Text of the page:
The life of a foster child can be one of continual transition, says Anne Bryson Doyle. She would know. Bryson Doyle is an adoptive parent and member of the board of directors for Amara, a Seattle-based agency focused on placing children into foster and permanent homes. Bryson Doyle, alongside fellow 2017 Superhero and Amara post-adoption program manager Angela Tucker, seek to create permanence in a world that can feel anything but stable to a foster child.
The foster care system is a transient one; a quarter of foster children move five times while in foster care, according to Amara. Each time, they lose about six months of academic progress.
Both Tucker and Bryson Doyle know firsthand the importance of a stable home life. After her mom’s death from pancreatic cancer, then 14-year-old Bryson Doyle couch-surfed for four years.
Her experience with teenage homelessness fed her drive to establish a stable home for children in need; she adopted her first child, a boy who’s now 16, from foster care in 2004 with her ex-wife. Now that Bryson Doyle has remarried, her family includes eight children ranging in age from 8 to 16 — seven of whom she adopted from foster care.
“Amara is like an extended family for these kids, to help them have the permanence that they need,” says Bryson Doyle.
Tucker was just barely a year old when she was adopted through foster care by a white family in Bellingham; that family eventually expanded to seven children, six of whom were adopted from foster care. Tucker embarked on an emotional search for her birth parents in 2012, chronicled in the 2013 independent film Closure.
Finding a career in the field was a natural fit, says Tucker. In her current role at Amara, she helps smooth the transition for kids between foster care, adoption and a permanent home with services that include a mentorship program that pairs adoptees with adults who were adopted. “After the finalization of an adoption, supportive resources can be tough to access. Amara is working to change that,” she says. “We’re recognizing that adoption is a lifelong journey.”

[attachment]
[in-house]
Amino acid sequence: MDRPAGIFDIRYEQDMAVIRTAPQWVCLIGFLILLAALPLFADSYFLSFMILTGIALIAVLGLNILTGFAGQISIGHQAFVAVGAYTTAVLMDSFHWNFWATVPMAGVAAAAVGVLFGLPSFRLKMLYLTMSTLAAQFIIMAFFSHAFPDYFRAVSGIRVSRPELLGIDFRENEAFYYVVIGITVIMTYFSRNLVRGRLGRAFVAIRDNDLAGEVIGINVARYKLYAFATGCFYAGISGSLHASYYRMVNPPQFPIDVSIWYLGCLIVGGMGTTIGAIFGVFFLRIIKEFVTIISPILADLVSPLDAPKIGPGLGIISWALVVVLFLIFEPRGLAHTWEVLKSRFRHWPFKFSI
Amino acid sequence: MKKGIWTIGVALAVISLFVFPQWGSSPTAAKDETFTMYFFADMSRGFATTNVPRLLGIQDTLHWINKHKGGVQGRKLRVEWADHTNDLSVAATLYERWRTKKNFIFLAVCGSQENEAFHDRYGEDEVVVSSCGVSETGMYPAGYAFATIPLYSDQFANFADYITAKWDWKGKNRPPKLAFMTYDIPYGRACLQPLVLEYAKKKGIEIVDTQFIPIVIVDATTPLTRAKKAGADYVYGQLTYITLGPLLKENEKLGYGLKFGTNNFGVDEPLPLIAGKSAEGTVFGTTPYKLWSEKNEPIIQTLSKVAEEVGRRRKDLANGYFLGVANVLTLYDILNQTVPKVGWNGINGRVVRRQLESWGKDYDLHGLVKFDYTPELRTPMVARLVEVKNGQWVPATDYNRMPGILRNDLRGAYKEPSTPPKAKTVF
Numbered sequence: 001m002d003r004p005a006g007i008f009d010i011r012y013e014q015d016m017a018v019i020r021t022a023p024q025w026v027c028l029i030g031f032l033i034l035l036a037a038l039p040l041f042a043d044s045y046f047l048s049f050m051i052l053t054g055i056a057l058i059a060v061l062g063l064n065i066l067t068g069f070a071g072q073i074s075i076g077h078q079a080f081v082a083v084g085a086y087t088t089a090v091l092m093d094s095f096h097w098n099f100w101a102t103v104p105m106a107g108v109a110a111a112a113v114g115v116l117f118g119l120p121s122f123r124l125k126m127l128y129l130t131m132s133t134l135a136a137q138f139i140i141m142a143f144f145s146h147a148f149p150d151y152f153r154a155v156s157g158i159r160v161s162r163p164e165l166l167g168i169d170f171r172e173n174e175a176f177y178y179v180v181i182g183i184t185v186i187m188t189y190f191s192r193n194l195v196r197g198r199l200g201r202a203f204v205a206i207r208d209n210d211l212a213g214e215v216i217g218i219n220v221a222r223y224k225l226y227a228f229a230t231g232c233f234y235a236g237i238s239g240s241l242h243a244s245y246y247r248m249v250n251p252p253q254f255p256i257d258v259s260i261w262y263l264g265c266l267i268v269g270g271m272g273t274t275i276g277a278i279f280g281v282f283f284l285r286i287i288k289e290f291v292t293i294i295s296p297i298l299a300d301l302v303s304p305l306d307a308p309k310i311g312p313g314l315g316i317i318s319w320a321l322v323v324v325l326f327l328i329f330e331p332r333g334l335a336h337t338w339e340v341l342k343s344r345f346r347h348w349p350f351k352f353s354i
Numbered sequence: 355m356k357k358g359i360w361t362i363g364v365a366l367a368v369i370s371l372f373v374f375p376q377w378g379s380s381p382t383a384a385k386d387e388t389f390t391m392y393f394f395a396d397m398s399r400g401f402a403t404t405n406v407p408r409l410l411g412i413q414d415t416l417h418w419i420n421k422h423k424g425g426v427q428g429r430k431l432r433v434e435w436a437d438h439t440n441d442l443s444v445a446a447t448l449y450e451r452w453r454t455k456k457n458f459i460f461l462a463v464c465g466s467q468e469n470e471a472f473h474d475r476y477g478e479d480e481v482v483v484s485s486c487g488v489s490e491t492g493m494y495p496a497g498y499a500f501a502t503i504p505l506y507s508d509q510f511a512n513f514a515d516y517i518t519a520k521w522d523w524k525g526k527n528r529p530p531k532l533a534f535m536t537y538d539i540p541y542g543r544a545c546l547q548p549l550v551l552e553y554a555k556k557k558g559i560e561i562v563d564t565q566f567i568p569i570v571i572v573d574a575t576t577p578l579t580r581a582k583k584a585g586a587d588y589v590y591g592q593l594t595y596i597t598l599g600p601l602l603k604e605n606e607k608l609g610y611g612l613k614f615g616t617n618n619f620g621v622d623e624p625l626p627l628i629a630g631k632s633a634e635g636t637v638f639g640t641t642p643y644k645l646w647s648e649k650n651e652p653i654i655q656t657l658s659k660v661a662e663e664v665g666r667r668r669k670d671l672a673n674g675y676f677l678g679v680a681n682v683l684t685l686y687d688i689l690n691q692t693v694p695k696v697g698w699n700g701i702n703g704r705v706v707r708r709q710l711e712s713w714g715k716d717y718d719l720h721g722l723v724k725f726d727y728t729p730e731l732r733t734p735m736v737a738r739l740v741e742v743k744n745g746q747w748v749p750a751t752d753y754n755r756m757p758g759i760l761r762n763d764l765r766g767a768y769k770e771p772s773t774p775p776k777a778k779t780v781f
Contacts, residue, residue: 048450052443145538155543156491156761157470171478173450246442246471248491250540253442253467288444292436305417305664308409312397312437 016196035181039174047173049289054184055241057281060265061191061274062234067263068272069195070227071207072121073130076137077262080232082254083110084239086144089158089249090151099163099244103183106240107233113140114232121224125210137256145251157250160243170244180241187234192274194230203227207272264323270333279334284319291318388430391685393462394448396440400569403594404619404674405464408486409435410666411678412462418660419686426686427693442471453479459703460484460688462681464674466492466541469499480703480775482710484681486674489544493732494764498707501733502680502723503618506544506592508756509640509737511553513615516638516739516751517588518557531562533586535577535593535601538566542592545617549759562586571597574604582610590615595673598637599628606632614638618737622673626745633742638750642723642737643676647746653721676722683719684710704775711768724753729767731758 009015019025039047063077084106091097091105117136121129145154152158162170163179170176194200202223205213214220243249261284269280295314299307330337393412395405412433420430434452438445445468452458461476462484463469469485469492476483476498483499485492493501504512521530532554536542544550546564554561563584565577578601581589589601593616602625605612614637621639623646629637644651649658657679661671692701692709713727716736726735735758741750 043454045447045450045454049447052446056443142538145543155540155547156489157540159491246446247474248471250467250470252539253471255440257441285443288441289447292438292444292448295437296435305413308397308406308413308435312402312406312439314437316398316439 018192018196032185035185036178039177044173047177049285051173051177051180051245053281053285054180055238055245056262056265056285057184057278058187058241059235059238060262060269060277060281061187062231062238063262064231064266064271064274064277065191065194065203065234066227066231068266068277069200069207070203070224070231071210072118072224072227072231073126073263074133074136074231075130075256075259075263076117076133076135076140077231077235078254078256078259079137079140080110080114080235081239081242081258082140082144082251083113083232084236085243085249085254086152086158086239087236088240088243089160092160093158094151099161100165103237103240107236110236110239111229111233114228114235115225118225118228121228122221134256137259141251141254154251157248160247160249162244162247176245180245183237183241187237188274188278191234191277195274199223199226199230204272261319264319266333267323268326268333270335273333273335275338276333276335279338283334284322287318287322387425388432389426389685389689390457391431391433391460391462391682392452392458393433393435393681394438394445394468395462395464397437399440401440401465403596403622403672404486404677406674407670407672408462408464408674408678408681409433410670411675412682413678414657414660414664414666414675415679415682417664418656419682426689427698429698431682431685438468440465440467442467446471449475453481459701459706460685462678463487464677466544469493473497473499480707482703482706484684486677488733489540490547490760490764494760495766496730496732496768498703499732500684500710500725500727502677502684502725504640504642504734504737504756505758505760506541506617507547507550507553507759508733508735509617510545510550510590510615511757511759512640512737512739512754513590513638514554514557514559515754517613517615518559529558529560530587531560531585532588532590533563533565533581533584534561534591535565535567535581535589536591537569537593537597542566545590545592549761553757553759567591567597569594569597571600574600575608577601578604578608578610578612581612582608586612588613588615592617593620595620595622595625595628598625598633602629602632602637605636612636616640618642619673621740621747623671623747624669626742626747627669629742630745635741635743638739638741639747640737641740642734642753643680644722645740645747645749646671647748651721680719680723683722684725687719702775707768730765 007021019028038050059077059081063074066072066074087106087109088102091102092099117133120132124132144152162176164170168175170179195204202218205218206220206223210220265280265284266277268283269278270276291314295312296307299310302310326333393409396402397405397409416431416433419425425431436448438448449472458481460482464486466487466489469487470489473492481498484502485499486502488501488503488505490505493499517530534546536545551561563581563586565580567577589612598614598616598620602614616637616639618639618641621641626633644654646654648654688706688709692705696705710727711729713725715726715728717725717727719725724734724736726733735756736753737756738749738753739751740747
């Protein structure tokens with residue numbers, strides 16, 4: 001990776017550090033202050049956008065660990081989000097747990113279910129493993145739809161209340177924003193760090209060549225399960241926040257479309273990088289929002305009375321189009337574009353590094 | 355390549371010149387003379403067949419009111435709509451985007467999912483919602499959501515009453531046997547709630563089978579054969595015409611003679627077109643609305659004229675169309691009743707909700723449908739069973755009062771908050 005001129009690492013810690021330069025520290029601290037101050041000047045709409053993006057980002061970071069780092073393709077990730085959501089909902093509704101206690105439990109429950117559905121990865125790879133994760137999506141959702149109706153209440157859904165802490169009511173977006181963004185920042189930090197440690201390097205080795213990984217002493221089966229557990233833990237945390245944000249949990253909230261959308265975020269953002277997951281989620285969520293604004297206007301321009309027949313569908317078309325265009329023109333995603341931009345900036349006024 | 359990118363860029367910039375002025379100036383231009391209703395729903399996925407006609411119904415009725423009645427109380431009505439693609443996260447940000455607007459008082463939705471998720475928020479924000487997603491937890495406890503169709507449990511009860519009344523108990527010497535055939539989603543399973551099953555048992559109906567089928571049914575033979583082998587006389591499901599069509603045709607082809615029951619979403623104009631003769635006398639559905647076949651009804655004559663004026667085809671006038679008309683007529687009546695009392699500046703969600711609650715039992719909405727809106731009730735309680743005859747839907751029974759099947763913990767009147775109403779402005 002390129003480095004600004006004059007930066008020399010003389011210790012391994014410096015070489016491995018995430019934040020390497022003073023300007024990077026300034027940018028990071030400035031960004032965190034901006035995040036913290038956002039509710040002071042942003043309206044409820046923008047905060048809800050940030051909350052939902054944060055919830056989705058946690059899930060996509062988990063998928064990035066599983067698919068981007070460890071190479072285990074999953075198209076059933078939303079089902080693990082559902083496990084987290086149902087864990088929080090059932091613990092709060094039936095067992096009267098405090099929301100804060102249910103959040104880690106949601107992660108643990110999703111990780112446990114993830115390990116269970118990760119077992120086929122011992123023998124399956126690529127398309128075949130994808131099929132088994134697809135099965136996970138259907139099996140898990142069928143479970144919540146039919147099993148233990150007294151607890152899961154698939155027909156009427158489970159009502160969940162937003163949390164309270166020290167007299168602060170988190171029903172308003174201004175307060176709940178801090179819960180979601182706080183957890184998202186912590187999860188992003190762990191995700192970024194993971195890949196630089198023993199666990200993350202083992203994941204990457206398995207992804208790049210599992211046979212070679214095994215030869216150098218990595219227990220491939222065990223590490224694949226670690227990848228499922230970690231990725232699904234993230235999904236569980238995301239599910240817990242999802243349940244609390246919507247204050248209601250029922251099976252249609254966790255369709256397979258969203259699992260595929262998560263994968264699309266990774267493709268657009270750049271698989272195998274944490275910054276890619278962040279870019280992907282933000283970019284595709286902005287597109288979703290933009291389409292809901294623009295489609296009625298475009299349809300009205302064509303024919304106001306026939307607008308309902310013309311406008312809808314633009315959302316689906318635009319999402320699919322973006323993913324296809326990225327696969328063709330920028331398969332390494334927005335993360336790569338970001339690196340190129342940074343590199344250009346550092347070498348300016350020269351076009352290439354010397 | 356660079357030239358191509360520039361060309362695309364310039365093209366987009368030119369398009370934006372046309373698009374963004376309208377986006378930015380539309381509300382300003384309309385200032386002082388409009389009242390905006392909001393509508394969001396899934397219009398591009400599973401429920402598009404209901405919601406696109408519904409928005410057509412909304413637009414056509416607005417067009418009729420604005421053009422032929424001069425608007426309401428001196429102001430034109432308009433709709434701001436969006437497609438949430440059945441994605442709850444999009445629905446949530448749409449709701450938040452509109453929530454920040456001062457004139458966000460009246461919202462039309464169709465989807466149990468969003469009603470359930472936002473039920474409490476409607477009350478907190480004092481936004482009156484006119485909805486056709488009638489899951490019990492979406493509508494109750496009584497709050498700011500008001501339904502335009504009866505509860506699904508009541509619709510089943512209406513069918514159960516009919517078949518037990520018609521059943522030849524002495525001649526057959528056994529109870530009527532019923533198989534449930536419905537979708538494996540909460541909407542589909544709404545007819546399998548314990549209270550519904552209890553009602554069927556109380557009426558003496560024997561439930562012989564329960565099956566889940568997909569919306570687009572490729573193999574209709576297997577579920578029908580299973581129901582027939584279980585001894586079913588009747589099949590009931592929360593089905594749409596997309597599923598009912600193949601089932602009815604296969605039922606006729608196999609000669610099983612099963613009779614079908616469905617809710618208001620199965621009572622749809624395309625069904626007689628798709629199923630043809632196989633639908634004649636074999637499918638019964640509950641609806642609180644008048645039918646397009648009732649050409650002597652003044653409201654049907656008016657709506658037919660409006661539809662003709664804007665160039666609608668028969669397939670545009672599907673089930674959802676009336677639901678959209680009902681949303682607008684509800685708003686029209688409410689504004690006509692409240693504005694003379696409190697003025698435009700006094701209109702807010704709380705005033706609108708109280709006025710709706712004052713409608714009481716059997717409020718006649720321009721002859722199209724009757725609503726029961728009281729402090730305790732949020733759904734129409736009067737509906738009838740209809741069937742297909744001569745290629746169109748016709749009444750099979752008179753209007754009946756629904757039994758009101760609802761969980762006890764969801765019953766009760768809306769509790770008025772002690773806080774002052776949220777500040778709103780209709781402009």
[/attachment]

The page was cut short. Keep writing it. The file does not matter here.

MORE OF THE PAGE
What did you want to be when you grew up?
AT: The first black female president; I wanted to see black people in powerful roles.
ABD: I grew up playing house with baby dolls. I always wanted to be a mom.
What’s the most misunderstood part of your job?
AT: The myths about what it takes to be a foster parent: that the kids are damaged, that it costs a lot of money, that it’s just too difficult to parent a child who has experienced trauma.
ABD: We have eight kids, so people think that our home must be chaotic, but it really isn’t.
What book saved you or changed your life?
AT: Tuesdays With Morrie by Mitch Albom. Life in foster care can involve trauma, and the quote “Love wins, love always wins” helps put it in perspective.
On a rainy Pacific Northwest morning, what gets you motivated and out of bed?
AT: Hot chocolate with whipped cream! Milstead & Co. in Fremont is a favorite.
ABD: I have eight kids — I can’t stay in bed!
If you could have one superpower, what would it be and why?
AT: I’d love to alter society’s norms around the meaning of family, and expand our norms to include blended families, families with gay parents or one parent. Family is family.
ABD: If I could pause time, I’d get more done and get more enjoyment out of each day.
If you could dine with anyone, living or dead, whom would that be and why?
AT: Journalist Ann Curry. She chooses to go into the heart of catastrophe to tell stories of human suffering. I admire how she uses her platform to benefit society.
ABD: I love living in the moment, sitting around the dinner table with my own family.